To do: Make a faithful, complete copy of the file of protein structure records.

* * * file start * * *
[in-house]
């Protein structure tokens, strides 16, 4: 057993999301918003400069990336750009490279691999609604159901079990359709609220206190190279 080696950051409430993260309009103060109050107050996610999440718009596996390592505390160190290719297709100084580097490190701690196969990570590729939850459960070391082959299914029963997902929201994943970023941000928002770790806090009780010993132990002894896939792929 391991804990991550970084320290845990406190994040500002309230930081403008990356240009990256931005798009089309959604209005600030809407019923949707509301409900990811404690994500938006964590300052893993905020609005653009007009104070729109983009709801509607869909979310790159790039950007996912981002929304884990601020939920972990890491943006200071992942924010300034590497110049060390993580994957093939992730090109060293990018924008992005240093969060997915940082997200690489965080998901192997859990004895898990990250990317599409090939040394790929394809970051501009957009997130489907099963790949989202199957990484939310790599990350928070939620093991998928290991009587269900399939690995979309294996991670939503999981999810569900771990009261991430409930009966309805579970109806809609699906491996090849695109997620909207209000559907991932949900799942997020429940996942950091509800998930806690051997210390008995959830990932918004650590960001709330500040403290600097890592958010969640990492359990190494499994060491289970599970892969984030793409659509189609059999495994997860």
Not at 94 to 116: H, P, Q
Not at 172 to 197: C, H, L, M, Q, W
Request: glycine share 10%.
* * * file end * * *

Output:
[in-house]
């Protein structure tokens, strides 16, 4: 057993999301918003400069990336750009490279691999609604159901079990359709609220206190190279 080696950051409430993260309009103060109050107050996610999440718009596996390592505390160190290719297709100084580097490190701690196969990570590729939850459960070391082959299914029963997902929201994943970023941000928002770790806090009780010993132990002894896939792929 391991804990991550970084320290845990406190994040500002309230930081403008990356240009990256931005798009089309959604209005600030809407019923949707509301409900990811404690994500938006964590300052893993905020609005653009007009104070729109983009709801509607869909979310790159790039950007996912981002929304884990601020939920972990890491943006200071992942924010300034590497110049060390993580994957093939992730090109060293990018924008992005240093969060997915940082997200690489965080998901192997859990004895898990990250990317599409090939040394790929394809970051501009957009997130489907099963790949989202199957990484939310790599990350928070939620093991998928290991009587269900399939690995979309294996991670939503999981999810569900771990009261991430409930009966309805579970109806809609699906491996090849695109997620909207209000559907991932949900799942997020429940996942950091509800998930806690051997210390008995959830990932918004650590960001709330500040403290600097890592958010969640990492359990190494499994060491289970599970892969984030793409659509189609059999495994997860």
Not at 94 to 116: H, P, Q
Not at 172 to 197: C, H, L, M, Q, W
Request: glycine share 10%.